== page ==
On calcium fluorophore’s impact in platelet signaling studies
Observation of calcium signaling in platelets - blood cells designed to be involved in stopping bleeding and forming blood clots - is an important part of fundamental research in hemostasis. However, such a study is possible only with the use of calcium fluorophores - small molecules that penetrate the platelet membrane due to their hydrophobic -AM part, which is then hydrolyzed by cytosol esterases. In this work, we consider the phenomenon of inhomogeneous loading of calcium fluorophores into platelets.
We used platelets from healthy adult donors loaded with various fluorescent probes (CalBryte590, DiOC6 (3), Fura Red, Fluo-4 and CellTracker Violet BMQC) and immobilized on antibodies to CD31 in parallel plane flow chambers. Total internal reflection fluorescence (TIRF) microscopy was used for observations.
We demonstrated that all studied probes are loaded heterogeneously, with 30% platelets being loaded with a probe 2-6 times higher than the population median value. Using the CalBryte590 probe as an example, we have shown that a decrease in the incubation temperature, the addition of Pluronic 127 to the incubation medium, or membrane cholesterol depletion significantly reduces the heterogeneity of the probe distribution in the population. By looking at platelet activation from the surface, we have shown that the probability of experiencing strong activation, as measured by the intensity of calcium oscillations, correlates with the amount of probe in the platelet.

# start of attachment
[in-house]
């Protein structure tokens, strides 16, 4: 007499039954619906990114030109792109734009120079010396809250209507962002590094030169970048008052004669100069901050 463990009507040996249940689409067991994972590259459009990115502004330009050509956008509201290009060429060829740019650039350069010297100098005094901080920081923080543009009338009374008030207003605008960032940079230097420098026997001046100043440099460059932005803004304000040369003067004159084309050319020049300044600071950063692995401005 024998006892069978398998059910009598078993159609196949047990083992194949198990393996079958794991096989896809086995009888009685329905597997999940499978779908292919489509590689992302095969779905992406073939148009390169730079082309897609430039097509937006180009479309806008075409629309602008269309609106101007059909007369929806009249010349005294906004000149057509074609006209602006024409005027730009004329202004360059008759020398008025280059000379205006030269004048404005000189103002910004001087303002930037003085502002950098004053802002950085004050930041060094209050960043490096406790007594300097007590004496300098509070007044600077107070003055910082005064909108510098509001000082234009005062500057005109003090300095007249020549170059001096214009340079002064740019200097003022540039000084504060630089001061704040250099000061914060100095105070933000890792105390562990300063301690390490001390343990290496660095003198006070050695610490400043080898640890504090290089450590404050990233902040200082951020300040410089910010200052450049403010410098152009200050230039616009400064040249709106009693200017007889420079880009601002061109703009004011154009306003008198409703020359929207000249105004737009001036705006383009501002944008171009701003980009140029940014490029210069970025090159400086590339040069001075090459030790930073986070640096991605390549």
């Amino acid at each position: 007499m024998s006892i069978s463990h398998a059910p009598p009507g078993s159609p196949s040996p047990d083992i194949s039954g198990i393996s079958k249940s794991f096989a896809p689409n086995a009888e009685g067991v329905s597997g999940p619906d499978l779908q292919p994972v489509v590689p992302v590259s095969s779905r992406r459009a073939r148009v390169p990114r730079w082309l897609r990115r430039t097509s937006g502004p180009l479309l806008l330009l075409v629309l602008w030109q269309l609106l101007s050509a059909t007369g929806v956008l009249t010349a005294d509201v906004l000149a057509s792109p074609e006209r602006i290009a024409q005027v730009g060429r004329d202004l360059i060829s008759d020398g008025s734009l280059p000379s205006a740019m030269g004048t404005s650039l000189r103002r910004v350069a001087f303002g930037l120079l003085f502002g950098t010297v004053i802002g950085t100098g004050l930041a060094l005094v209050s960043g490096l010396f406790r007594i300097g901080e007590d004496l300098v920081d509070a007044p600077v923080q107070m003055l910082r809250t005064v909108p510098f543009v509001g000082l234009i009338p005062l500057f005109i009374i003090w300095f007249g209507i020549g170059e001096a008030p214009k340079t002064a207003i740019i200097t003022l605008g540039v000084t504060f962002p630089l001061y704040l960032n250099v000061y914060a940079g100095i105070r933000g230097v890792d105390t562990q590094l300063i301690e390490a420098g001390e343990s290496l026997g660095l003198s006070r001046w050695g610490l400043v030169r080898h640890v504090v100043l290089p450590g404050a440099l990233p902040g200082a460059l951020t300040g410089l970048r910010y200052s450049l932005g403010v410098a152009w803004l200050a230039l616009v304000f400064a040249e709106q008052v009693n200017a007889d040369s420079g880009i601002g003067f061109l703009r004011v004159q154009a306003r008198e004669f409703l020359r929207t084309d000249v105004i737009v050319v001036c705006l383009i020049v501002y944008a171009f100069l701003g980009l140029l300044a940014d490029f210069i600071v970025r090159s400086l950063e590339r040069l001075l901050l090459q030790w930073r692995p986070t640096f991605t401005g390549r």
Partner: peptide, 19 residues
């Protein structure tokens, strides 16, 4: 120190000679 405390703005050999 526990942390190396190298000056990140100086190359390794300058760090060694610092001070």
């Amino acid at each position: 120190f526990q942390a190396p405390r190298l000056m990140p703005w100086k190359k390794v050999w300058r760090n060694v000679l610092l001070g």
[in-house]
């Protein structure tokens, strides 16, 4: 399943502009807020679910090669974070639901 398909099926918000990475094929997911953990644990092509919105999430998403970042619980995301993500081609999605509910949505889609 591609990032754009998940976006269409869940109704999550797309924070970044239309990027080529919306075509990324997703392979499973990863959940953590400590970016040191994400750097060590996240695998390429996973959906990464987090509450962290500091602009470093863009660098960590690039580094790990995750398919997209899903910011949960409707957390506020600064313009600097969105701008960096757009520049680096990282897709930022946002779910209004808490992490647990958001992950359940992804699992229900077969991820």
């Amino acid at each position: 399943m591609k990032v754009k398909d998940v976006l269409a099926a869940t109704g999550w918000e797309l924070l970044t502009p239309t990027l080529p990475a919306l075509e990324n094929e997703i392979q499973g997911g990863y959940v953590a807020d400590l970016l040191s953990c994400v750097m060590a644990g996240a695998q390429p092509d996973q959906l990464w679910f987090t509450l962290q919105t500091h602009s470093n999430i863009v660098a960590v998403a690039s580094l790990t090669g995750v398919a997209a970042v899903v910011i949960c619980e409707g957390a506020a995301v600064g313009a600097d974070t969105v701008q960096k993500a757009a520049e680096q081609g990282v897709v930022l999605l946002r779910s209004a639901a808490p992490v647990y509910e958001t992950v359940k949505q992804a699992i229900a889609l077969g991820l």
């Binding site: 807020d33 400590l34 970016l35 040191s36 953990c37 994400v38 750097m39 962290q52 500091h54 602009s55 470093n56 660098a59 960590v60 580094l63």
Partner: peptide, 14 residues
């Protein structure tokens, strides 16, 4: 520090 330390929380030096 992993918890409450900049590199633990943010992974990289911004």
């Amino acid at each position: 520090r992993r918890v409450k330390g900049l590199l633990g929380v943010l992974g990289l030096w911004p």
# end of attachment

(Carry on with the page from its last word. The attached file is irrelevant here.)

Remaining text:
Thus, we conclude that the type of fluorophore used and the conditions of its loading into platelets can significantly affect the results of experiments on the observation of calcium signaling in platelets.
Platelet functional responses and signalling: the molecular relationship. Part 2: receptors.
Small, non-nuclear cells, platelets, are primarily designed to form aggregates when blood vessels are damaged, stopping bleeding. To perform this function, platelets can implement several functional responses induced by various agonists and coordinated by a complex network of intracellular signaling triggered by a dozen of different receptors. This review, the second in a series, describes the known intracellular signaling pathways induced by platelet receptors in response to canonical and rare agonists. Particular focus will be on interaction points and “synergy” of platelet activation pathways and intermediate or “secondary” activation mediators that transmit a signal to functional manifestations.